Outlandish Dwelling: “The Raven,” Part Last

Returning from the flurry of the start of the semester, I want to consider the close of Coleridge’s “The Raven” (much as Tim has now brought to a close his wonderful readings of “The Rime”).  When we last left our bird, he’d returned to the oak—now “grown a tall oak tree”—and brought along with him a “She.”  The pair built themselves “a nest in the topmost bough, / And young ones they had, and were happy enow.”  But avian tragedy ensues in full, dramatic measure:

But soon came a Woodman in leathern guise,
His brow, like a pent-house, hung over his eyes.
He’d an axe in his hand, not a word he spoke,
But with many a hem! and a sturdy stroke,
At length he brought down the poor Raven’s own oak.
His young ones were killed; for they could not depart,
And their mother did die of a broken heart.

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Hi again. Why am I not in favor of ecological apocalypticism (or in fact of any form apocalypticism)?

It's just not good for ecological being-together. If your view is that the world is ending (and soon), then why worry, why bother?

I think it also marshals the masochism and sadism we sublimate in elegy: in ecological apocalypticism, we witness our deaths, from an impossible future vantage point.

Frank Zappa's words about religious war could also apply to ecological disaster, and the long-term, no-gratifiation energy it will take to deal with it:


Quotation of the week from my man Thomas Merton.

This is apopros of Sarah Palin, Pentacostalism, and the prospect of another end times apocalypticist in control of the planet.

This is where the ecological rubber meets the road folks! Are you registered to vote yet?

Here is my favorite part of a favorite essay, called “The Moral Theology of the Devil”:

as might be expected, the moral theology of the devil grants an altogether unusual amount of importance to … the devil. Indeed one soon comes to find out that he is the very center of the whole system. That he is behind everything. That he is moving everybody in the world except ourselves. That he is out to get even with us. And that there is every chance of his doing so because, it now appears, his power is equal to that of God, or even perhaps superior to it …

In one word, the theology of the devil is purely and simply that the devil is god.

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The ecological thought—ecologocentric insert

Hi again.

School starts soon (quarter system). I returned from the retreats. And I'm finishing an essay called “Ecologocentrism: Unworking Animals,” for SubStance.

All feeble excuses for my not yet posting my final thoughts on The Rime of the Ancient Mariner.

They're about the sheer “thereness” of existence, its density—what “world” subsumes and half erases. And its relation to intimacy.

I've been getting some excellent feedback on my first draft of The Ecological Thought.

The SubStance essay is a study of Solaris, the incredible science fiction story of a psychologist's encounter with a radically other mind.

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Romantic Ecomorphism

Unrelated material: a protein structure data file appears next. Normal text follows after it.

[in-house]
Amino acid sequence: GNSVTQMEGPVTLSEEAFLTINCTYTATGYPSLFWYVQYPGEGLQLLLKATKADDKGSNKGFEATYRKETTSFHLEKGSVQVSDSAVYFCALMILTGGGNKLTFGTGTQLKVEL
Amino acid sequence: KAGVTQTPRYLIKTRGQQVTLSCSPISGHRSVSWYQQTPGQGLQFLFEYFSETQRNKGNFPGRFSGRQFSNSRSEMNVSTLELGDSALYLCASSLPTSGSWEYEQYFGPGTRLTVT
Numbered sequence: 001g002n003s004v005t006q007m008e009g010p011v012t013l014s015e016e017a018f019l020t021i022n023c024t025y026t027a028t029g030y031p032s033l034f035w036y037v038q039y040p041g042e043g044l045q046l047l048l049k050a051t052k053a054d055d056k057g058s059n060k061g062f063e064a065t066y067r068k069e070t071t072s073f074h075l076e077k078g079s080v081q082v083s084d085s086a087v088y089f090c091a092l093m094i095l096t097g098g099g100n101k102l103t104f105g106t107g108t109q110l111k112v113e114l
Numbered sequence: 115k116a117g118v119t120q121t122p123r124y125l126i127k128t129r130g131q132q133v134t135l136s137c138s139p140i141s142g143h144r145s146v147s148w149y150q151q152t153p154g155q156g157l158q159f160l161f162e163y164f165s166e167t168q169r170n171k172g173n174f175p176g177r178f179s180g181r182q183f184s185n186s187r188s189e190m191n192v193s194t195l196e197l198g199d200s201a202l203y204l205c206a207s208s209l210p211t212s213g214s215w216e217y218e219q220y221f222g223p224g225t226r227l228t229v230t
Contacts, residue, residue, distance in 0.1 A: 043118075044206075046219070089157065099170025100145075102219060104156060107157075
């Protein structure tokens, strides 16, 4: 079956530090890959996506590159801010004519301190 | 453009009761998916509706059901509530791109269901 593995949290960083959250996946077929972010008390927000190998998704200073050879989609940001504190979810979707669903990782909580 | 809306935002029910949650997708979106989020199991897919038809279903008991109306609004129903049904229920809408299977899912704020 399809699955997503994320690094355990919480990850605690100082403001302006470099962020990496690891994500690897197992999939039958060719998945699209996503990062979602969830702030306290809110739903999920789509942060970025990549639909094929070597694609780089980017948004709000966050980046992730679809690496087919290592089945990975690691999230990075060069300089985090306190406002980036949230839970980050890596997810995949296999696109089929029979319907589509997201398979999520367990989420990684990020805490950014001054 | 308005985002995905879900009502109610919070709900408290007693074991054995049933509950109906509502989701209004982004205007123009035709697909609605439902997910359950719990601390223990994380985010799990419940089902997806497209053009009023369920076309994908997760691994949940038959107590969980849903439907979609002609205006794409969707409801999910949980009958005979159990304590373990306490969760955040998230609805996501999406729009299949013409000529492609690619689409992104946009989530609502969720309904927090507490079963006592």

Global warming may be the first environmental crisis to affect all life on earth at the same time, in equally dramatic ways. The Romans apparently raised the level of airborne lead-and subsequently the lead level in soil and waterways-because of the amount of lead smelting they practiced. But before global warming, every earlier environmental crisis had an impact on relatively small groups of creatures or species in relatively small geographic areas. Think Love Canal or Three Mile Island.

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Little fly

Okay--I'm on this silent retreat and I shouldn't even be writing this, but what the hey.

So I'm sitting in the meditation hall today and this small house fly lands on my hand. It puts its little proboscis down onto me. I can feel it going a little into my flesh. Yuck. And ouch! So after a few seconds I wave it off.

Of course everything I've said about the neighbor comes flooding into my mind. Not to mention Ash's post on Blake's fly. And lo, my thoughtless hand has indeed brushed it away...

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Question up for comments: Ecology and Nostalgia

I'm hoping blog readers might be willing to post their take on this basic issue haunting ecological criticism: how susceptible is ecocriticism to the critique that it is a nostalgia? Follow up: in what ways might ecocriticism work outside of nostalgia?

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Ecomorphism and Ecoromanticism

Ecomorphism is the antithesis of anthropomorphism. Instead of seeing myself at the center of my world, I can now see my human activity—and yours—in terms of our connectedness to nonhuman life. For centuries the poets have said, “that mourning dove is singing a song as sad as I am sad” or “that cloud looks as happy the way I am happy as it skitters across the sky.” Now we need to reconsider both the tenor and the vehicle of such anthropomorphic metaphors. The vehicle is the subject—humans—from which the characteristic (sadness or happiness) is taken.

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